Democrats slam Republicans over Affordable Care Act legality

Senate Democratic Leader Chuck Schumer, D-N.Y., speaks next to House Speaker Nancy Pelosi, D-Calif., during an event in front of the Supreme Court in Washington to call on the Trump administration to reverse its stance on the Affordable Care Act. Photo by Yuri Gripas/UPI

April 2 (UPI) — Congressional Democrats spoke at the steps of the Supreme Court Tuesday before a largely symbolic vote on a resolution asking the Justice Department to reverse its stance that the Affordable Care Act is unconstitutional.

In December, Texas federal judge Reed O’Connor ruled that the individual mandate of the act is unconstitutional and that it could not be severed from the law itself, making the 2010 healthcare legislation against the constitution as well.

Last week, the Justice Department told the 5th Circuit Court of Appeals that it sided with O’Connor’s ruling on the Affordable Care Act, commonly known as Obamacare.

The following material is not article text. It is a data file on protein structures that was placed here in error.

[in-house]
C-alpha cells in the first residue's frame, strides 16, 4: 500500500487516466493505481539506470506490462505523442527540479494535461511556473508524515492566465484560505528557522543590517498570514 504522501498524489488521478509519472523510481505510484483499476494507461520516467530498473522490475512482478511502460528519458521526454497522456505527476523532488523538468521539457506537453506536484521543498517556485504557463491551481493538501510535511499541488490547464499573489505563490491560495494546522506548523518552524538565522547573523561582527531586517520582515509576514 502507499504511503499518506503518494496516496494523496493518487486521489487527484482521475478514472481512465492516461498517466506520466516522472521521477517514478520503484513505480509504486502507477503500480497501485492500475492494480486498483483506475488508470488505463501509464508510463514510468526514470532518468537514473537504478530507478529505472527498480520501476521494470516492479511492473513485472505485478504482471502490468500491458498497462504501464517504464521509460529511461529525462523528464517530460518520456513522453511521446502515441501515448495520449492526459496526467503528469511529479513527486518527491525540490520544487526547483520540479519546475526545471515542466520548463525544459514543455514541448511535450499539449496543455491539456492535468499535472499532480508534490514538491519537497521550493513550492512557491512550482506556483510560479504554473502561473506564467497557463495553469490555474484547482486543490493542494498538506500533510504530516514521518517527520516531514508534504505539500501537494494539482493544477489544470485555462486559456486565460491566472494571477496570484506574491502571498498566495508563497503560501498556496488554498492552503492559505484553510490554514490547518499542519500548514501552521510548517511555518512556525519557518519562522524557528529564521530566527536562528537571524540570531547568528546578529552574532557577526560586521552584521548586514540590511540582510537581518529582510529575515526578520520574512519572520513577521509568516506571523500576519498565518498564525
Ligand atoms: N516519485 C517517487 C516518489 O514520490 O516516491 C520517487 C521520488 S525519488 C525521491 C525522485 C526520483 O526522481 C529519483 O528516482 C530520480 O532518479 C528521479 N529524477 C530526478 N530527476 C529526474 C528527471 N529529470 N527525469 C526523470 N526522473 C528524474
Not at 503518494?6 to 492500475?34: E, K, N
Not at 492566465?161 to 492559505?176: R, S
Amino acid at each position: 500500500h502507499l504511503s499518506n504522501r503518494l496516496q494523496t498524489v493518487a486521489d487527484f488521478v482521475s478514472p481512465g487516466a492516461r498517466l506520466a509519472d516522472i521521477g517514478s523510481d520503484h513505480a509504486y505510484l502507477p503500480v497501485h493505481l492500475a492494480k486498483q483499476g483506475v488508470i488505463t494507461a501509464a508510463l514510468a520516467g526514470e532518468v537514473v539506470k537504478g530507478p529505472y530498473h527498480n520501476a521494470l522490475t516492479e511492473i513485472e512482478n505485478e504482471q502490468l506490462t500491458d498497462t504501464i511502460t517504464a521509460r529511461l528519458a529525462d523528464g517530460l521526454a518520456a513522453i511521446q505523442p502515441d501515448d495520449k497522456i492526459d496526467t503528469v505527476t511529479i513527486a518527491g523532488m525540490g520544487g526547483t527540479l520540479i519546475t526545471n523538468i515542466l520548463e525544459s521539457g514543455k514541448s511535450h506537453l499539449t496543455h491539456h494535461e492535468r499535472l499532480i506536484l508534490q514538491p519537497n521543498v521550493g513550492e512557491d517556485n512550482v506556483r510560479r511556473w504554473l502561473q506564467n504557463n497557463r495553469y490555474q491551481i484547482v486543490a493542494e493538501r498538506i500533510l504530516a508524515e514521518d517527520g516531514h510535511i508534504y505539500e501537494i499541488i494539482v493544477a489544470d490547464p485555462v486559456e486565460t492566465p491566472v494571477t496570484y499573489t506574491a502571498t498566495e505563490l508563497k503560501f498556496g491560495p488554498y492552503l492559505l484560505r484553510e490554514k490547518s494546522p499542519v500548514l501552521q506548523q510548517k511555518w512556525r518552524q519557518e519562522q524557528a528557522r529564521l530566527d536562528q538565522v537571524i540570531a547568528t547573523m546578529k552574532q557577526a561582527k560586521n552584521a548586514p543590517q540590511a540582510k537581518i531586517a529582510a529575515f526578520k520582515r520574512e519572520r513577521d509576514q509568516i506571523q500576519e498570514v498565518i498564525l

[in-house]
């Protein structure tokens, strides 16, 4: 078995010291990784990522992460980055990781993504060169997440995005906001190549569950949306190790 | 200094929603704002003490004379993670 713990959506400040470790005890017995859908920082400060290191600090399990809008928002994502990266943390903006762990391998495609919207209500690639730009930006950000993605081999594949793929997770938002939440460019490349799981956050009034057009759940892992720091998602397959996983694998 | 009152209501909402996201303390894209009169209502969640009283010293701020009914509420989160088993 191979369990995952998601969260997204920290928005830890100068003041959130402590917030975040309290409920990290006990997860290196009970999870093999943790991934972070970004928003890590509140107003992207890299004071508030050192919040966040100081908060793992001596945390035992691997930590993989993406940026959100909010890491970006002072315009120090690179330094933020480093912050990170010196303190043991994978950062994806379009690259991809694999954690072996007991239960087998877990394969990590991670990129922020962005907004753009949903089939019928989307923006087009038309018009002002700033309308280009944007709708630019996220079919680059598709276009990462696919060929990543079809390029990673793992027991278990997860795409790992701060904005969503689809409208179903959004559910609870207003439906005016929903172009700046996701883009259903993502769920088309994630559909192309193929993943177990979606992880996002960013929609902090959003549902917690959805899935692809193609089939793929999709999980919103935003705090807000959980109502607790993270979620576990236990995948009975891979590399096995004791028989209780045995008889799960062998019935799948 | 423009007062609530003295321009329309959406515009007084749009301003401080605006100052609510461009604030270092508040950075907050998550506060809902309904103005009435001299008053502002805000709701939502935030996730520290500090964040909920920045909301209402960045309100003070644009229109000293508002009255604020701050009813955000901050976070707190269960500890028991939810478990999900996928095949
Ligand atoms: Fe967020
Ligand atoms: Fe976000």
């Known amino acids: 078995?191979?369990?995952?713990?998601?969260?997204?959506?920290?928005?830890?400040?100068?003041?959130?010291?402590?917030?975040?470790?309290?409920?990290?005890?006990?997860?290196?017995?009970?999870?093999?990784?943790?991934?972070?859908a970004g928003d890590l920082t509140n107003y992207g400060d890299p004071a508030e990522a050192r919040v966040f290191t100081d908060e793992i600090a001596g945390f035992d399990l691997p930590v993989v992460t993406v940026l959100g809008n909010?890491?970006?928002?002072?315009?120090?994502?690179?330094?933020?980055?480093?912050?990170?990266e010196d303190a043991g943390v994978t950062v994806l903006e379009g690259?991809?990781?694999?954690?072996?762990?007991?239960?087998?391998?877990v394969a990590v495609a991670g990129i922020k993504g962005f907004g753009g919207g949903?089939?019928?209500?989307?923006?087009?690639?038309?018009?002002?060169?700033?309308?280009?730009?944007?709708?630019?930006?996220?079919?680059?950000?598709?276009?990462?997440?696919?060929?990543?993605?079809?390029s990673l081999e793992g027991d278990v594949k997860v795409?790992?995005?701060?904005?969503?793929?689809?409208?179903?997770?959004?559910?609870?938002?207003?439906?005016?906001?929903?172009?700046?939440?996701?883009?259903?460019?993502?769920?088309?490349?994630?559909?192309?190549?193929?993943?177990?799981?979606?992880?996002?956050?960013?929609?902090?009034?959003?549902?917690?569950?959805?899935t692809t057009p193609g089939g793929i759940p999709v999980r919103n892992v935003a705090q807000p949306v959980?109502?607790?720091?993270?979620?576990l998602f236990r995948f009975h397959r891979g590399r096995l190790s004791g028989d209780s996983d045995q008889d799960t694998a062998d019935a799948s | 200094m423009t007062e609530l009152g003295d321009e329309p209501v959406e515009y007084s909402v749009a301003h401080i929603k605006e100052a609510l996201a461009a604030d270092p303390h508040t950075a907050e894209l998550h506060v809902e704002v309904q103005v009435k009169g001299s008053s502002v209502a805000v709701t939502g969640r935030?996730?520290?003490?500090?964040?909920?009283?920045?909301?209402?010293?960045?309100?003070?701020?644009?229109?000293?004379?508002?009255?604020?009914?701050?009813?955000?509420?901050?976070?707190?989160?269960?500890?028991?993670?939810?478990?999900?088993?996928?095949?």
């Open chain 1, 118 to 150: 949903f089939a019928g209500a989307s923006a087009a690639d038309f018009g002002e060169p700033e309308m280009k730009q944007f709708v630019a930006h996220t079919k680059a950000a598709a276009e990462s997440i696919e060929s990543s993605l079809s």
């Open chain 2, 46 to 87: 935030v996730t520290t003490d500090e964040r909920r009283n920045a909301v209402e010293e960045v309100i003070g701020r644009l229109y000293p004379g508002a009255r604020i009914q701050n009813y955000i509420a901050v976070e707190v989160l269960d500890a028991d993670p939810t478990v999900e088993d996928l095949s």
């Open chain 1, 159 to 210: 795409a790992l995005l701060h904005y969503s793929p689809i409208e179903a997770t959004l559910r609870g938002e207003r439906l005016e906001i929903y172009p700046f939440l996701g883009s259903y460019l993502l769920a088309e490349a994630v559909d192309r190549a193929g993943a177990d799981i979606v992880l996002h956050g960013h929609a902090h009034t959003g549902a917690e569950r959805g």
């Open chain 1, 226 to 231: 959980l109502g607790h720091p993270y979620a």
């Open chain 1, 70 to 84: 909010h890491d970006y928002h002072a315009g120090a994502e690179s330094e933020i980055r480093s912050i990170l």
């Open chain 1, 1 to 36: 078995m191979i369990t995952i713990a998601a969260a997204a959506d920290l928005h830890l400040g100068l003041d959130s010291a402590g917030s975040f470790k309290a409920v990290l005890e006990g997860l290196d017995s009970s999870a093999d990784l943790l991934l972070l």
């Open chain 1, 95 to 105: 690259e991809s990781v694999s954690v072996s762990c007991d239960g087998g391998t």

“We need our Republican colleagues to come to the table and defend their constituents instead of the president,” U.S. Sen. Jeanne Shaheen, D-N.H., who is the Senate sponsor of the resolution, said Tuesday. “Ensuring the health and safety of the American people should transcend politics.”

President Donald Trump said Monday on Twitter that Republicans are working on a healthcare replacement plan, but will not vote on it until after the 2020 elections.

“President Trump confirmed he will hold Americans hostage through the 2020 election when it comes to healthcare,” Senate Minority Leader Charles Schumer, D-N.Y., said Tuesday. “Republicans are not the party of healthcare. They are the party that wants to end your healthcare.”

Although the resolution is likely to pass in the House, it may never come up for a vote in the Senate, where Republicans control the floor.

“Now, therefore, be it resolved, that it is the sense of the Senate that the Department of Justice should protect individuals with pre-existing conditions, seniors struggling with high prescription drug costs and the millions of people in the United States who newly gained health insurance coverage … and reverse it’s position [on O’Connor’s ruling]” the Senate resolution reads in part.


Please enter your comment!
Please enter your name here